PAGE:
Conversable launched the first Twitter-based automated conference guide at CES
The Austin, Texas-based company added Twitter’s automated features to its intelligent conversational platform to create the CES Twitter Guide.
In November, Twitter announced two new features — quick replies and welcome messages — to help automate business responses in Direct Messages.
The social network wrote in a blog post that the new features…
“… can enable faster resolutions by helping customers more easily provide information to solve problems before an agent sees the first message, or they can simplify automated services and transactional flows that were difficult in the past.”
At the Consumer Electronics Show (CES) held last week in Las Vegas, conversational platform Conversable added its natural language processing/intelligent platform to Twitter’s automated features to create the first conference guide using Twitter.
Conversable CEO and co-founder Ben Lamm told me that, in a typical use case for the CES Twitter Guide, a conference attendee with a meeting shortly at Qualcomm may have forgotten the booth’s location.
Instead of downloading and using the CES app, the attendee can search for @CES on Twitter, go to their page, and click on “message us” — assuming in this case that CES has turned off the need for the user to be a follower before direct messaging them.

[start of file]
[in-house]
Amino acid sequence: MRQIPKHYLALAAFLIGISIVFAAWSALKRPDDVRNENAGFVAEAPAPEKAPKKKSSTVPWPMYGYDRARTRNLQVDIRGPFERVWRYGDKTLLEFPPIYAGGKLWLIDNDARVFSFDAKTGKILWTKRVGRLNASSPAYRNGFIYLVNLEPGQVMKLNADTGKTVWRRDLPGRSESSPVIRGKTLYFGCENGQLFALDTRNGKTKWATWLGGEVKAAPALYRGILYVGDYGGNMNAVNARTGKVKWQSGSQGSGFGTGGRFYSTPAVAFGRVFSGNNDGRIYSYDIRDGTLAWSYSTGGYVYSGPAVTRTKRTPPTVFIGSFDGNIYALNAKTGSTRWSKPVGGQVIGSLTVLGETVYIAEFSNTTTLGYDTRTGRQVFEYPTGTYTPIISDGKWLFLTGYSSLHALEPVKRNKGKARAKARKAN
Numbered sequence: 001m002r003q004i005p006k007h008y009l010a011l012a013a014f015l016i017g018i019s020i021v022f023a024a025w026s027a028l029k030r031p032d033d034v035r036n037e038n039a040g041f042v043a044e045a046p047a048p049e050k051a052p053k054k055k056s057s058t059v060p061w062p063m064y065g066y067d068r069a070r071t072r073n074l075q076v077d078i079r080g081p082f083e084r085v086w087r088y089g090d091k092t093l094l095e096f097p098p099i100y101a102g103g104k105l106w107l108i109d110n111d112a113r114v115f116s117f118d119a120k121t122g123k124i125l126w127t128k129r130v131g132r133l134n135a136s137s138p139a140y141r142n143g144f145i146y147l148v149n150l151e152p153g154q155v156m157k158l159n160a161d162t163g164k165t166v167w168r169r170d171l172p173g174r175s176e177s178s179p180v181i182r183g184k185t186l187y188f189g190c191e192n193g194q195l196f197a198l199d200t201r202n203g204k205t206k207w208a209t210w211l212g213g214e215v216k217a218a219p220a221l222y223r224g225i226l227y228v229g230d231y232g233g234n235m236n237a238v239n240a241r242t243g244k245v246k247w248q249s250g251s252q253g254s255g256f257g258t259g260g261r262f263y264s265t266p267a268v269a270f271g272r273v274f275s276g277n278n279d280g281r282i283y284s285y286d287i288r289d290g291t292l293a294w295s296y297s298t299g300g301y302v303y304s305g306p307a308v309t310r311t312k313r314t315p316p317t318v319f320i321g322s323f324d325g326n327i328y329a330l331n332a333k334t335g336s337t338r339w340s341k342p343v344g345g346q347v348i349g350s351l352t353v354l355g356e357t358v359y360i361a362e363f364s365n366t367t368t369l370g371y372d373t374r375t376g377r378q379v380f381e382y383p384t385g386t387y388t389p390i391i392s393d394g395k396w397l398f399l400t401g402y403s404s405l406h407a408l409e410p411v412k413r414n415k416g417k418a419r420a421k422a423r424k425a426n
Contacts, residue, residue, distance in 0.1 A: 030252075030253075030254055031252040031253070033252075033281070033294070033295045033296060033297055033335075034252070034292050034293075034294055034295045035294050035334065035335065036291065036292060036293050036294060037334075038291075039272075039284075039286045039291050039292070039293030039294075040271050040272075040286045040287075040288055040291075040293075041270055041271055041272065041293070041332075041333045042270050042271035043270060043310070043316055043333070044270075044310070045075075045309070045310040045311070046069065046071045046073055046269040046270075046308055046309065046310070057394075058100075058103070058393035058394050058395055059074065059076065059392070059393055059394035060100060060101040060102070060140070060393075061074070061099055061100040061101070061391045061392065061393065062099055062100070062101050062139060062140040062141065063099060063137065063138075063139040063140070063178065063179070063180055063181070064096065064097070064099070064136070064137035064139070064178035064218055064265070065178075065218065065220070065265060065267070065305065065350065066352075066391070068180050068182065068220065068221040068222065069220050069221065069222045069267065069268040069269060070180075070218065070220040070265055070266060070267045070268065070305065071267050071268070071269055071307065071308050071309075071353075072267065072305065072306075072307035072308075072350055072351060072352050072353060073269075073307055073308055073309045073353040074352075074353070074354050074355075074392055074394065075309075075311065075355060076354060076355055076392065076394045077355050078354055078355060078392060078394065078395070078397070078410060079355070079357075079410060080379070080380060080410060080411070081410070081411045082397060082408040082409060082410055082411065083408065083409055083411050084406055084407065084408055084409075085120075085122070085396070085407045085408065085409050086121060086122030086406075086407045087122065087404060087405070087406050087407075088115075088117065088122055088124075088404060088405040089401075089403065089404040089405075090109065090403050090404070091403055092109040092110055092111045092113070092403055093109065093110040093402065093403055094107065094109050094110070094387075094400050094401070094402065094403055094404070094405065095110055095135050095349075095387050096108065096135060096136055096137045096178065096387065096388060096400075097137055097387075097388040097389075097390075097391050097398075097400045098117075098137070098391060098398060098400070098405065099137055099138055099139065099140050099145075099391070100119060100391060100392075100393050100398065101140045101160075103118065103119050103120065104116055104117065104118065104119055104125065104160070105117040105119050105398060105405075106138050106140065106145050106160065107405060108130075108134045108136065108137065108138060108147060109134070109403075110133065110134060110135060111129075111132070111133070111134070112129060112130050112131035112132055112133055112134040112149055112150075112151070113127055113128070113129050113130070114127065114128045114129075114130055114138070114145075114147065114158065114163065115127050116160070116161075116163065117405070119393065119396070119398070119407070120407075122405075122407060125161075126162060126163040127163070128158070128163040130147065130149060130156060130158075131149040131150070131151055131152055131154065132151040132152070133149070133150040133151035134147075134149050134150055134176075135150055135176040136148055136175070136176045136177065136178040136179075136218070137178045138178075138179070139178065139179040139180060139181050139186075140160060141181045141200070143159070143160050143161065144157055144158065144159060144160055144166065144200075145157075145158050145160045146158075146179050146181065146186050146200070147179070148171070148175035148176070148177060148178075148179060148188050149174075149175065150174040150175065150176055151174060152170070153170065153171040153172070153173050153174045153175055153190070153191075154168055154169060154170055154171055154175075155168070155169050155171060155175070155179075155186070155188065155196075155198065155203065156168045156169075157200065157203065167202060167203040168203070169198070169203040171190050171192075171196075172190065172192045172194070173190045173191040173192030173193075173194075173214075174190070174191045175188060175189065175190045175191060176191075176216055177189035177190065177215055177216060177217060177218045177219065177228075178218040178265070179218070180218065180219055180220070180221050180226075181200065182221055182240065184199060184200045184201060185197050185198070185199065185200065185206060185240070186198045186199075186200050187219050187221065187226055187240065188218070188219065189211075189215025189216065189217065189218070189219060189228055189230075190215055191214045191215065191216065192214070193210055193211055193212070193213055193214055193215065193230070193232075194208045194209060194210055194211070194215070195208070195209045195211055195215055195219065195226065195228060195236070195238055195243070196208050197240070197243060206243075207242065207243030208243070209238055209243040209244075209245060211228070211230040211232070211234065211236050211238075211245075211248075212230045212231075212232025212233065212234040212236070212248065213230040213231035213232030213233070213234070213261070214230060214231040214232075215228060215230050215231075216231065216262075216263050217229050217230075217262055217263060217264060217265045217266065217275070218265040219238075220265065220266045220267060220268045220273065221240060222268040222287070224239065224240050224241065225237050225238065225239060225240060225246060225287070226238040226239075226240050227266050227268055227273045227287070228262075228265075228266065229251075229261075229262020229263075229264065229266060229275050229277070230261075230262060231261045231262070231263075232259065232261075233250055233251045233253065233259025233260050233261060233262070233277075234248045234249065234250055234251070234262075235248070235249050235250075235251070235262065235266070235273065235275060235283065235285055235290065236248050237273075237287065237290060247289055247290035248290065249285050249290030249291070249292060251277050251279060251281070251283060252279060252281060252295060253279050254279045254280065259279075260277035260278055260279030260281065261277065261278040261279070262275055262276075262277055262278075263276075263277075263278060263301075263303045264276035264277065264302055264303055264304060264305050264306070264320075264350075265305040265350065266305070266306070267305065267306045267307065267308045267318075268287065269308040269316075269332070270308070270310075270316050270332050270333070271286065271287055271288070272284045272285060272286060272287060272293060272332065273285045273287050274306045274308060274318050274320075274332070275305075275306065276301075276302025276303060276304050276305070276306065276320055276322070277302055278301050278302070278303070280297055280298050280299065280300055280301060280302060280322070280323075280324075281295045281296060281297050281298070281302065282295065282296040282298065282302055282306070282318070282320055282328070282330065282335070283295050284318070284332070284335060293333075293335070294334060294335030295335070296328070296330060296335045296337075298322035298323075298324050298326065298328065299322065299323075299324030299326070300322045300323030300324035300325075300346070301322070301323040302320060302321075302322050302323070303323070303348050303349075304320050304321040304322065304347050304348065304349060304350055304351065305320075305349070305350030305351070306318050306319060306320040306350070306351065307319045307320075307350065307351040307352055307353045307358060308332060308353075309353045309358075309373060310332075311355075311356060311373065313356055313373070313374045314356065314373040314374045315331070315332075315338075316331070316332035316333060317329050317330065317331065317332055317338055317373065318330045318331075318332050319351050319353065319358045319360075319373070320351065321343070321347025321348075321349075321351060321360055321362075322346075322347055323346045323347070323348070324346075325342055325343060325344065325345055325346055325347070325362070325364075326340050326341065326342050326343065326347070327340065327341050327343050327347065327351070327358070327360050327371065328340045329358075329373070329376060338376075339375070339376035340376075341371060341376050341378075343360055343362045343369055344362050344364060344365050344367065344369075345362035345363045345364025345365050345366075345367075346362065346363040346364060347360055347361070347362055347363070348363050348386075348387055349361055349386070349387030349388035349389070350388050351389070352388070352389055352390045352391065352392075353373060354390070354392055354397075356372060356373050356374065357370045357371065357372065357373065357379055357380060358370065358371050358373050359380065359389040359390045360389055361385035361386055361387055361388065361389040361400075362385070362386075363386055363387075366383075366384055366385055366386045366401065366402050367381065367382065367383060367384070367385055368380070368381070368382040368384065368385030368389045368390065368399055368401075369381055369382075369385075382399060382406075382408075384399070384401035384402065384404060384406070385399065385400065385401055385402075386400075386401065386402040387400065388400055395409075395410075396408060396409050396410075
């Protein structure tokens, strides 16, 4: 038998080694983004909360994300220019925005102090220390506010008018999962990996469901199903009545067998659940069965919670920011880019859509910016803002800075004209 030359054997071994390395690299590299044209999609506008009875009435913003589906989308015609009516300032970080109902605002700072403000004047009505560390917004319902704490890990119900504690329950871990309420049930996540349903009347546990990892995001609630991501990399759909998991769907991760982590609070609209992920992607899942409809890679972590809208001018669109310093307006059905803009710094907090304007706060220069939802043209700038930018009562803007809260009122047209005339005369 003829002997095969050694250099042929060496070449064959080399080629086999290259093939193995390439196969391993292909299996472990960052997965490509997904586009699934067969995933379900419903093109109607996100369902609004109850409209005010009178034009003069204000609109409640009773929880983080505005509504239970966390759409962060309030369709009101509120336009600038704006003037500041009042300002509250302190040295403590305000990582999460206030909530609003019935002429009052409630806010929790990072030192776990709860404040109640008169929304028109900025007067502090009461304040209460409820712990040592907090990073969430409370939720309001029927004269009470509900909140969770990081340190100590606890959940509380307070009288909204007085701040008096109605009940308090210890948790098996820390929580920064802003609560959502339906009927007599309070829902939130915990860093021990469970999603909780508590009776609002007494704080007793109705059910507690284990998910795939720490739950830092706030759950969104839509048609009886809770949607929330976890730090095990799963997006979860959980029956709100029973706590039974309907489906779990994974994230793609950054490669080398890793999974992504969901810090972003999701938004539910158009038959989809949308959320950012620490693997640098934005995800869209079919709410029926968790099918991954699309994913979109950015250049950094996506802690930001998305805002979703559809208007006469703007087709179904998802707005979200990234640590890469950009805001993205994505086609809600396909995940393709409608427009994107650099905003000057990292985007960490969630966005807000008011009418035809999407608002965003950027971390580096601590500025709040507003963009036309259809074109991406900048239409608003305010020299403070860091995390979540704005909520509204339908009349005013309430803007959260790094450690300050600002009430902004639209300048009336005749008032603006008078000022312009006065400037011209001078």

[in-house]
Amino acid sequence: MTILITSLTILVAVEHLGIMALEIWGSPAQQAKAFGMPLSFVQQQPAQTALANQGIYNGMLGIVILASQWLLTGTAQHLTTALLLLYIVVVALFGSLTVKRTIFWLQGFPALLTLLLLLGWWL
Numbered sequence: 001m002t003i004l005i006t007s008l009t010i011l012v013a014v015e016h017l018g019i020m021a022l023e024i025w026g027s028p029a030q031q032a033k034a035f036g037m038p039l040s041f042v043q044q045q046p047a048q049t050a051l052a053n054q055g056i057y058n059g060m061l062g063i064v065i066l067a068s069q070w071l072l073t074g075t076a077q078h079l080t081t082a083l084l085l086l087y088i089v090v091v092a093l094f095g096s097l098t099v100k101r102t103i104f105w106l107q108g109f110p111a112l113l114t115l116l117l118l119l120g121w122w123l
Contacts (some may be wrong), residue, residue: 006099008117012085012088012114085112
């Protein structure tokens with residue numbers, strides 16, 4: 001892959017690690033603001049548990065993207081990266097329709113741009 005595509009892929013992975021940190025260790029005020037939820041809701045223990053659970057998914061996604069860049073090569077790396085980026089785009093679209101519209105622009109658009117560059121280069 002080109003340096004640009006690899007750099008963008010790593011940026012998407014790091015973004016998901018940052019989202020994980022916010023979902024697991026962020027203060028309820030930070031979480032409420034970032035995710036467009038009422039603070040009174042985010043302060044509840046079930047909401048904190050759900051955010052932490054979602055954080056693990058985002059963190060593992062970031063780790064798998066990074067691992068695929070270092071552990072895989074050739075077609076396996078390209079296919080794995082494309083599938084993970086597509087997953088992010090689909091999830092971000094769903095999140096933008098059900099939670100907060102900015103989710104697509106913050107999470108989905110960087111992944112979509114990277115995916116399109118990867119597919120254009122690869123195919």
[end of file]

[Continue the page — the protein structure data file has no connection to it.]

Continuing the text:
When the “message us” screen opens, there are quick buttons for an interactive map, a list of speeches, trending messages and other linked functions. Additionally, the Guide looks for keywords. The user can then type “Qualcomm booth” and the automated response can show the location.
Lamm pointed out that Twitter doesn’t have natural language processing and intelligence, which Conversable’s platform provides. Twitter, he said, supplies different levels of automated functions.
The Austin, Texas-based Conversable offers an enterprise-level platform that is provided as a managed service for the creation of automated conversational experiences (that is, bots) for Facebook Messenger, Twitter, SMS, Amazon Alexa, Kik, Skype for Business and Yammer.
Winson Wong, partnerships manager in business development at Twitter, told me via email that since the new features were launched in November, it has been used by brands to automate customer service and other experiences through Direct Messages. The CES Guide, he said, is intended to offer top hashtags, company booth and event locations, speaker schedule, answers to FAQs and human assistance via the CES social team.
“The bot to human handover experience is really important for us,” Wong said, “so we made it seamless and simple to reach a real human agent from CES any time to answer questions that the bot was not able to help support.”
He added that “the unique thing about Twitter’s messaging platform is that brands can take people from a public Tweet to a private message and then back out to a public Tweet.”
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